On the flip side, one of the joys of my time here at Yale has been the design curriculum, and how it focuses on a holistic approach. We take classes in all the other design disciplines, and there is a strong focus on dramaturgy. That shapes so much of my performing – I always think and question space, how we are positioned… It has made me that much more intentional and aware about what we perform and why.
As a projection designer, how do you approach early works like Monteverdi’s “L’Orfeo,” for example? Do you try to establish any connections to past traditions of staging this opera or do you prefer to give it a totally new, modern visual aura?
It very much depends on the ensemble and collaborators I am working with and their vision! Both approaches, when informed by the piece, are incredibly rewarding. In the case of the Monteverdi L’Orfeo I did with Apollo’s Fire (a touring semi-staged project), we wished to reference the period of the piece – it included period paintings, as well as imagery/frescoes from the first venue the work was performed in. For the latter, I got a chance to go back to Italy and photograph them in Mantua for the piece’s overture/toccata.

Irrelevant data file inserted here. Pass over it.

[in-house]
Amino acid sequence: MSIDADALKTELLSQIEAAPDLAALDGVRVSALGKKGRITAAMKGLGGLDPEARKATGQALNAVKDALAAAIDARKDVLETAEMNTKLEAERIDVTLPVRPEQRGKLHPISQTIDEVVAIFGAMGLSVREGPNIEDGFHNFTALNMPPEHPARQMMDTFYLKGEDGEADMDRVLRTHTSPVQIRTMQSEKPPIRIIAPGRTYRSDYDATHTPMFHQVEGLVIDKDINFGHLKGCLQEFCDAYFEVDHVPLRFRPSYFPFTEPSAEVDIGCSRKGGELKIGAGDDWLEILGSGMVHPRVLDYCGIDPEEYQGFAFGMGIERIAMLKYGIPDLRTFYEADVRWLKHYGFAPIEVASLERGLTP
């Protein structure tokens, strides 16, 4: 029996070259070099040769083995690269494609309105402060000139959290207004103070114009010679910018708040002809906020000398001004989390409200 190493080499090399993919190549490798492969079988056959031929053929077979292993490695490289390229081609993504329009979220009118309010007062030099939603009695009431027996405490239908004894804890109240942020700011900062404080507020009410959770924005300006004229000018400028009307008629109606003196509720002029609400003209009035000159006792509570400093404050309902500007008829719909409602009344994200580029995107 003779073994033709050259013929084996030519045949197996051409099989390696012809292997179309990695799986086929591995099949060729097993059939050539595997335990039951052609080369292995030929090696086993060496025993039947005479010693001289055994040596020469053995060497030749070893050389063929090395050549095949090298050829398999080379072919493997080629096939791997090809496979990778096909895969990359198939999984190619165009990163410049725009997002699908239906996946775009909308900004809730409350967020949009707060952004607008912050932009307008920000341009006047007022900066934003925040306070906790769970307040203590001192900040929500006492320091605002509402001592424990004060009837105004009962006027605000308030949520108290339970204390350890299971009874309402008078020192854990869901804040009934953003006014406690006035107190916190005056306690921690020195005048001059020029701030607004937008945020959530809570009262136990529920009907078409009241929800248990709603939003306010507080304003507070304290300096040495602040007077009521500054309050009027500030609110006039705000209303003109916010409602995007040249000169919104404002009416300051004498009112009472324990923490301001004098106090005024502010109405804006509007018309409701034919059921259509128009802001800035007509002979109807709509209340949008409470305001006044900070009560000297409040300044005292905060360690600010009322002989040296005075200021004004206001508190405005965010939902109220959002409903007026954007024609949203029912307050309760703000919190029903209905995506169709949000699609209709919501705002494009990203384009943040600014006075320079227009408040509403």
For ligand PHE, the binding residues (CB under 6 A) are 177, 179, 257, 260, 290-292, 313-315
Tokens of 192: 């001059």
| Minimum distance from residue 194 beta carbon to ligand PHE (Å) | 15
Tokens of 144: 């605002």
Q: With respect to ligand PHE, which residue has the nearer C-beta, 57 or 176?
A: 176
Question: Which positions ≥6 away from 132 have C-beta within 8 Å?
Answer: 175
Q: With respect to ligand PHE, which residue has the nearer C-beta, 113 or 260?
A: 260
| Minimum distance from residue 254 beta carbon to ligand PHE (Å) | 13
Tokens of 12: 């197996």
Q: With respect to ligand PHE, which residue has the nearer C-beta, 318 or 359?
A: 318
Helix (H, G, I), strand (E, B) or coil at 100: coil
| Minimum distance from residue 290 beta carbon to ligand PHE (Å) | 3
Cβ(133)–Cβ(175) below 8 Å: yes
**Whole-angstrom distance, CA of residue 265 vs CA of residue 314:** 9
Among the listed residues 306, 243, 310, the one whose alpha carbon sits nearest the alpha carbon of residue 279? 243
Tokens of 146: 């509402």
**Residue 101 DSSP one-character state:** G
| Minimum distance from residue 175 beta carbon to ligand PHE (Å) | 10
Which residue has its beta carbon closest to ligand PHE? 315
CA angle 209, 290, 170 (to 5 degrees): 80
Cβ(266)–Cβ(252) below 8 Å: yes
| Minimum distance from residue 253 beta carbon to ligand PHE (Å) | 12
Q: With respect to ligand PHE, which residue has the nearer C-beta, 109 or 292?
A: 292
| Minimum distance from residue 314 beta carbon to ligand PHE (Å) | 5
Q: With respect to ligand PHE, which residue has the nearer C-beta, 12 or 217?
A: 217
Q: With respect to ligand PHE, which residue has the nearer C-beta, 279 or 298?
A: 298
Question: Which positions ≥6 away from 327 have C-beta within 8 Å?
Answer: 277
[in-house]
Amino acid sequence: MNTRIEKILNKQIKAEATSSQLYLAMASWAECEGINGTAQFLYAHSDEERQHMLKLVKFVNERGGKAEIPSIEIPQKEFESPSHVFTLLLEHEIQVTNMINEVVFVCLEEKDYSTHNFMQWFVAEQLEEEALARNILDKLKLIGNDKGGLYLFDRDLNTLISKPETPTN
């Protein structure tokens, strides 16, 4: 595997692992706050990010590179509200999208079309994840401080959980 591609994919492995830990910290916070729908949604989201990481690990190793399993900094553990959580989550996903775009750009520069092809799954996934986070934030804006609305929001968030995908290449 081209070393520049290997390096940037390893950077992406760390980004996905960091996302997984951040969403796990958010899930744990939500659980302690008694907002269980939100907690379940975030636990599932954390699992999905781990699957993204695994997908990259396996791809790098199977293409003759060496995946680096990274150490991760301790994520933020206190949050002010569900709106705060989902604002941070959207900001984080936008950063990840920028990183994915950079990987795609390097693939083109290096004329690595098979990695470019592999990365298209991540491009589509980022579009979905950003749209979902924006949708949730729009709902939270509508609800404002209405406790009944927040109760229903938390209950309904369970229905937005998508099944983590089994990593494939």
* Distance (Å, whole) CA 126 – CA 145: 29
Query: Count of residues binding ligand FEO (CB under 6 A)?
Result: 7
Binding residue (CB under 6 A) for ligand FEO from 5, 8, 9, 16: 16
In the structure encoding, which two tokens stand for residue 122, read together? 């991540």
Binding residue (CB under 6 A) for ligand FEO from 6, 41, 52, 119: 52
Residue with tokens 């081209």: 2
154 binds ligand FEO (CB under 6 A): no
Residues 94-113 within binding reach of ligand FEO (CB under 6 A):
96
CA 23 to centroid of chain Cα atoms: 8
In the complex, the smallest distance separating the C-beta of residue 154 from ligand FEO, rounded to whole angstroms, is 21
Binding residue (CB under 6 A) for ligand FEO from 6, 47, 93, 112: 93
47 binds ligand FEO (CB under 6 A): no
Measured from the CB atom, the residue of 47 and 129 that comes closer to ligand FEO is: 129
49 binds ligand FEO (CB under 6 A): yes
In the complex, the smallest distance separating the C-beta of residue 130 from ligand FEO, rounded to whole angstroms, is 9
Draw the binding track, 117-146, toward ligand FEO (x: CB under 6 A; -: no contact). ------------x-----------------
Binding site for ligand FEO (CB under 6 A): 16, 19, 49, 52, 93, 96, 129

But it is sometimes even more exciting to take the piece in a contemporary design/staging – to put it in conversation with today’s reality and society.
Please tell us about the experience of producing the interdisciplinary project and tribute to Italian author and chemist Primo Levi: “If This is a Man: music, science, and humanity.” How has Levi’s powerful, lucid, harrowing writing in his first-hand account of the horrors of Auschwitz in 1944 to 1945 shaped this project?
During my undergraduate studies I fell in love with the writings of Primo Levi, a Jewish-Italian author and chemist who survived the Nazi concentration camps. What struck me was his writing style, so profound and yet so accessible, and how, despite the horrors he experienced, he didn’t choose to blame one group of people. Rather, he focused on what brings humans to these actions. I became curious about exposing more people to his work – I wished to use music to raise that awareness and began to research composers that had set his texts to music. It was a joy to learn of compositions that have been influenced by his writings. Ultimately, I chose two sets, one by an American composer (Simon Sargon) and one by notable Italian film-music composer Ennio Morricone (he wrote an incredible little work on Levi’s “If This is a Man”) – coincidentally, I learned that we performed the U.S. premiere of that piece!
I recruited performers and got permission to have the experience be on two levels, and for it to be performed in the science hall, next to the chemistry labs. I was touched at how Levi, like me (and much more than me!), came from a science and music background and wished to uplift that. The musical experiences were interspersed with interviews I had filmed of students and how they had been touched by his work, as well as words by Levi and Dante scholar Dr. Vittorio Montemaggi. It was an unconventional performance space, and an experience where I wished to bring together a diverse audience. It still remains one of the projects dearest to me and my Italian heritage.